# Bayesian Optimization, Part 2: Acquisition Functions

This post continues our discussion on BayesOpt. This is **part-2 of a two-part series**.
Now we take a look at the other pillar BayesOpt rests on: acquisition functions. My goal is to provide a flavor by looking at a few of them. I’ll go into depth for a couple; this would help us appreciate the role of GPs in conveniently calculating acquisition values. For the rest I’ll provide an overview.

- Acquisition Functions
- Minimal Code for BayesOpt
- Summary, a Pet Peeve and Learning Resources
- References

## Acquisition Functions

**Note**:

- Change in notation: \(x^*\) and \(y^*\) would refer to the current maxima (or minima) in this section.
- For brevity, we’ll denote an acquisition function by \(\alpha\).
- We’ll refer to the output’s Gaussian parameters at an input \(x\) as \(\mu(x)\) and \(\sigma(x)\).
- We’ll refer to the Normal distribution with \(0\) mean and unit variance, \(\mathcal{N}(0, 1)\) as the
*Standard Normal*. Additionally, for the Standard Normal, we’ll use:- \(\varphi(z)\) to denote the
*Probability Density Function (pdf)*: \(\frac{e^{-z^2/2}}{\sqrt{2\pi}}\). - \(\Phi(z)\) for the
*Cumulative Distribution Function (CDF)*: \(\frac{1}{\sqrt{2\pi}} \int_{-\infty}^z e^{-t^2/2} dt\).

- \(\varphi(z)\) to denote the
- A property that we’ll end up using is if \(x\sim \mathcal{N}(\mu, \sigma)\), then \(z \sim \mathcal{N}(0, 1)\), where \(z=\frac{x-\mu}{\sigma}\). This is known as a “change of variable”.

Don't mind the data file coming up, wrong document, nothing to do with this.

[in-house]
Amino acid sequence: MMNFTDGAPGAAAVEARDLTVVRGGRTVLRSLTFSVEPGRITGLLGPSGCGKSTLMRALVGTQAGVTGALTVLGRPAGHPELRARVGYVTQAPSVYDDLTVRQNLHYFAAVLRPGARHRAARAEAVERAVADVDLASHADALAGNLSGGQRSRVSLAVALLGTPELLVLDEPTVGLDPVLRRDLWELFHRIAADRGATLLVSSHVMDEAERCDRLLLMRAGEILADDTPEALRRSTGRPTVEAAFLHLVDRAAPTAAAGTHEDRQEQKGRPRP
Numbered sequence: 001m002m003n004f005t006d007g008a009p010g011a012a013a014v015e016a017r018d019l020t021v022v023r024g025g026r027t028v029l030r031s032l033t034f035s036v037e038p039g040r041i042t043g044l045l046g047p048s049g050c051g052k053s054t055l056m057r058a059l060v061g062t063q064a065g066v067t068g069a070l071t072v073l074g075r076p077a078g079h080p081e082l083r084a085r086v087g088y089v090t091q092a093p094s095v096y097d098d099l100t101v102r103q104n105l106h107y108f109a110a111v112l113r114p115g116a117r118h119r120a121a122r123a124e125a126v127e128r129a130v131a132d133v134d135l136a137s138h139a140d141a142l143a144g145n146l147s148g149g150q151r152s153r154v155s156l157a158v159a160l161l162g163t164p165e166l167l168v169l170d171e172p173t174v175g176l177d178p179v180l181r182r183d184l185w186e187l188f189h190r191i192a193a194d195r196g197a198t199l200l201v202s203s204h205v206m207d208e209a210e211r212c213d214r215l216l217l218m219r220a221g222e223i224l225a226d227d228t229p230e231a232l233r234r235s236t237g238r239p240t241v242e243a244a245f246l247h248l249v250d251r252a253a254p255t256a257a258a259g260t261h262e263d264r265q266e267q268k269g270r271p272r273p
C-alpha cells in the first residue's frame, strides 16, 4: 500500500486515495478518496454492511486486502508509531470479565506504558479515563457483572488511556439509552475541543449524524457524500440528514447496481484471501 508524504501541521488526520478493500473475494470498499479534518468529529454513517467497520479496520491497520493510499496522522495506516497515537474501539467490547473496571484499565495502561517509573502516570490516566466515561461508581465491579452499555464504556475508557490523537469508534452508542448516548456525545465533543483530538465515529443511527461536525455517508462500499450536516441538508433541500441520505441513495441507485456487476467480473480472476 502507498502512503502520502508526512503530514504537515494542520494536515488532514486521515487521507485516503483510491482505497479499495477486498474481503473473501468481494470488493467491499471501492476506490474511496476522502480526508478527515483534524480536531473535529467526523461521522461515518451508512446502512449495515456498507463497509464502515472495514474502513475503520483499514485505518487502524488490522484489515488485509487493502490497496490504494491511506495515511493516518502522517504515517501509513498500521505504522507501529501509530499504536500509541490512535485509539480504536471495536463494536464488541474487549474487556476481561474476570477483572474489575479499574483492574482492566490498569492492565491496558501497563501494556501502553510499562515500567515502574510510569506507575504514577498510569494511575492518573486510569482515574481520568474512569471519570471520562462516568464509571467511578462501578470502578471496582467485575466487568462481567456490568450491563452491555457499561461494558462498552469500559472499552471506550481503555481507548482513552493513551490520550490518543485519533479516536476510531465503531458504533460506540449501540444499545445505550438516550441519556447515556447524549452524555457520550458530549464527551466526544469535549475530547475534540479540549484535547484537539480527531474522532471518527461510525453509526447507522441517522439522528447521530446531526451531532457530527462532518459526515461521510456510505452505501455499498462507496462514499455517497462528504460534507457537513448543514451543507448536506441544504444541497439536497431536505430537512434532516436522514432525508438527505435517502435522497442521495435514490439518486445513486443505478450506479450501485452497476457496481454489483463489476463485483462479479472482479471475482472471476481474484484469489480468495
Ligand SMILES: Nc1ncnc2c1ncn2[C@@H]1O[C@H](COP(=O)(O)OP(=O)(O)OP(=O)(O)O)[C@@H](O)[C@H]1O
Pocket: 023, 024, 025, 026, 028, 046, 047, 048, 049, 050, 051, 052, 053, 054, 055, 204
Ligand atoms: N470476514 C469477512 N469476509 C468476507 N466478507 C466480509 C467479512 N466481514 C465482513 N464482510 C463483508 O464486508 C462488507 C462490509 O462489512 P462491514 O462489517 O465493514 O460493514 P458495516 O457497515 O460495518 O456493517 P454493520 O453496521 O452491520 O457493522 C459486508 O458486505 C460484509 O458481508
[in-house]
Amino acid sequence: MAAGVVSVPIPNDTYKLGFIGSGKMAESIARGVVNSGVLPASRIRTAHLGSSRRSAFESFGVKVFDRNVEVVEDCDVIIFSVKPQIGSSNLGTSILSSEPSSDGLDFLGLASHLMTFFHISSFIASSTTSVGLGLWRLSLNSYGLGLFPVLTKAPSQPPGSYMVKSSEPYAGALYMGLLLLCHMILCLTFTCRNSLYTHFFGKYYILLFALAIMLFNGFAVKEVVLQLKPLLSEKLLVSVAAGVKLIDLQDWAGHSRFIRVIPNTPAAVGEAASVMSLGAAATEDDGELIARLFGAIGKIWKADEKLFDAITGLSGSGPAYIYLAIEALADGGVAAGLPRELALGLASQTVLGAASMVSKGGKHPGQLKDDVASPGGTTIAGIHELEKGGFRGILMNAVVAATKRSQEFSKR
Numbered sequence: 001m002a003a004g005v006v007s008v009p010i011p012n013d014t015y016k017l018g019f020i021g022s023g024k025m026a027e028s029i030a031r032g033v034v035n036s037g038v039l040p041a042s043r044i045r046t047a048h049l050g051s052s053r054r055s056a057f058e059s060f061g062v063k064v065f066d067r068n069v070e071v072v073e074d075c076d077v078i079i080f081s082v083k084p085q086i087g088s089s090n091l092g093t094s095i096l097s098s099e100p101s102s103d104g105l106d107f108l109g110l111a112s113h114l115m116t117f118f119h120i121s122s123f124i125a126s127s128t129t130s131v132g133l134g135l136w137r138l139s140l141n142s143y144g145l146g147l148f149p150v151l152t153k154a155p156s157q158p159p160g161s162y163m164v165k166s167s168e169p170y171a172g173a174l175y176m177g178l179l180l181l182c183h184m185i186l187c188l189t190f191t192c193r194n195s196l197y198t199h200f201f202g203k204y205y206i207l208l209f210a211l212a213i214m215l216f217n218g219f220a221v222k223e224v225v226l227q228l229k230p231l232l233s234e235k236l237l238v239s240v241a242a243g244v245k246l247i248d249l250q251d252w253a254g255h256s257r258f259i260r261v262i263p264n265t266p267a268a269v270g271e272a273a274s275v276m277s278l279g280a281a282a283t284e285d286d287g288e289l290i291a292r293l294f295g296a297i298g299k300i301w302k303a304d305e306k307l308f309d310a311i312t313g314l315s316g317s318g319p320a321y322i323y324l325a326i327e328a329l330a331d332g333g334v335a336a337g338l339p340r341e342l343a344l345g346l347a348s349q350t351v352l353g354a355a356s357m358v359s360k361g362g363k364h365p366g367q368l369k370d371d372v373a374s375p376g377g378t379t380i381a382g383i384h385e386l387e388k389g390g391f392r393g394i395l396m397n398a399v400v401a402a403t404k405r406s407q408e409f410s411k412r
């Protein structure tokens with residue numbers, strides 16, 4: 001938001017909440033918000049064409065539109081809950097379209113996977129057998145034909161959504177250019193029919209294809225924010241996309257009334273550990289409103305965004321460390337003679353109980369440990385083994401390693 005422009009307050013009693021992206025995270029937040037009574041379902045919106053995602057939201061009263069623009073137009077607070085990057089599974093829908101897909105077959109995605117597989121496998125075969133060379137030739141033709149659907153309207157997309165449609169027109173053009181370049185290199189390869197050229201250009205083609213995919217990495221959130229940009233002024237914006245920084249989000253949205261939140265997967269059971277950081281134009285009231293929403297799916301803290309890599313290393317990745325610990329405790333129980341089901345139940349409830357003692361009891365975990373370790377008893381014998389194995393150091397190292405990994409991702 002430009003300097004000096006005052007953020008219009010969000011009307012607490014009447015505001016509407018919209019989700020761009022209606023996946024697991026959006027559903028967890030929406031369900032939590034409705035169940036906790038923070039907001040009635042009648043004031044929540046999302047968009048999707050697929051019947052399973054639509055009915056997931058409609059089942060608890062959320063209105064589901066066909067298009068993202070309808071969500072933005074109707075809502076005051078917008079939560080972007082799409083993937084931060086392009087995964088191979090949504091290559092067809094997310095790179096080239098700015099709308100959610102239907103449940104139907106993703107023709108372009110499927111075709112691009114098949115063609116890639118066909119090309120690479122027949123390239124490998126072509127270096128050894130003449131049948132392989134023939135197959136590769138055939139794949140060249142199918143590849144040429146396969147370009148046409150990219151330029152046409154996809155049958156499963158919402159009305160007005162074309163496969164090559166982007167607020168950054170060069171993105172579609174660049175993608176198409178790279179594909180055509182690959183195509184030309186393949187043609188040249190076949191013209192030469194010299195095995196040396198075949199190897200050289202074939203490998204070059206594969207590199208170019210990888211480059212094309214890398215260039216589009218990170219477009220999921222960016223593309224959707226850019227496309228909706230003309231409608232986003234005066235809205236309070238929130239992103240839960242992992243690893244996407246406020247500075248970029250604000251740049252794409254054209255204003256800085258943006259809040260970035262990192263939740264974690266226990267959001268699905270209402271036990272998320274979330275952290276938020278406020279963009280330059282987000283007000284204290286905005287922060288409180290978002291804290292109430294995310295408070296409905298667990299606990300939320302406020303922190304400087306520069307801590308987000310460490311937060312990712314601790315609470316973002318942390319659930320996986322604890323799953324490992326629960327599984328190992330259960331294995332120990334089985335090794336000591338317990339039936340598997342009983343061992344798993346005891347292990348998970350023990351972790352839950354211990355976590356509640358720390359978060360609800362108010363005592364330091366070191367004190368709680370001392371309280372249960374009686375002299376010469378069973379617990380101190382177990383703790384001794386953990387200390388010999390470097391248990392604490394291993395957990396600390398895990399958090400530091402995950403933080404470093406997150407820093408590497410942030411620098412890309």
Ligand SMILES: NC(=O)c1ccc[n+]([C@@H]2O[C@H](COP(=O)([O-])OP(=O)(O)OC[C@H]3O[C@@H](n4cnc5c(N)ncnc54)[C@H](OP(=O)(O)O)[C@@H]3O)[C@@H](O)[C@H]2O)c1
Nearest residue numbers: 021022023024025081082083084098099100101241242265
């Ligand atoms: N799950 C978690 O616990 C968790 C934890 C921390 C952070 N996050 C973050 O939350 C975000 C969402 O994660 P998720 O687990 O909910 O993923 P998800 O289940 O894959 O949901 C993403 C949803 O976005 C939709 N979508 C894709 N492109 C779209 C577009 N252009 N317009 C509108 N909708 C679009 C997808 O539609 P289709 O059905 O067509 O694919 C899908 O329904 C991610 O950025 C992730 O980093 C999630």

### Probability of Improvement

**Probability of Improvement (PI)** is a good place to start because its intuitive. As the name suggests, at a location \(x\), this calculates the probability of the corresponding \(y\) being greater than the current maxima \(y^*\). Since we’ve a Gaussian distribution of possible output values at \(x\), thanks to the GP, this is calculable in closed form. The image below shows the area under the distribution we’re interested in.

Mathematically, this is what we want to compute at a given \(x\):

\[\require{color} \alpha_{PI}(x) = p(f(x) > f(x^*))\]In a GP, since \(f(x) \sim \mathcal{N}(\mu(x), \sigma^2(x))\), this can be expressed this in closed form. We will use a change of variables, where \(z=\frac{f(x)-\mu(x)}{\sigma(x)}\) and \(z \sim \mathcal{N}(0,1)\).

\[\begin{aligned} \alpha_{PI}(x) &= p(f(x) > f(x^*)) \\ &=p(z\sigma(x) + \mu(x) > f(x^*)) \\ &=p\Big(z > \frac{f(x^*) - \mu(x)}{\sigma(x)}\Big)\\ &=p\Big(z < \frac{\mu(x) - f(x^*)}{\sigma(x)}\Big)\\ &=\Phi\Big(\frac{\mu(x) - f(x^*)}{\sigma(x)}\Big) \end{aligned}\]This is very convenient since \(\mu(x)\) and \(\sigma(x)\) come from the GP, and \(f(x^*)\) is the current maxima. \(\Phi\) is easily available, e.g., as the `cdf`

function in scipy.

**Why Standard Normal?**

Something you might wonder about is why did we bother converting to the standard Normal. After all, most languages, including Python/scipy, allow you to create arbitrary Normals, and coding that should have been more convenient.

While that’s correct, there is a practical difference in terms of speed and numerical stability. I’ll address the former first.

Remember you have to find \(argmax_{x \in \mathcal{X}} \alpha_{PI}(x)\), i.e., \(\alpha_{PI}(x)\) needs to evaluated for a lot of \(x\) values. If you instantiate a Normal for each of them, this is going to be slow. Its much faster to use one Normal - the standard Normal here - to process all the data in one shot.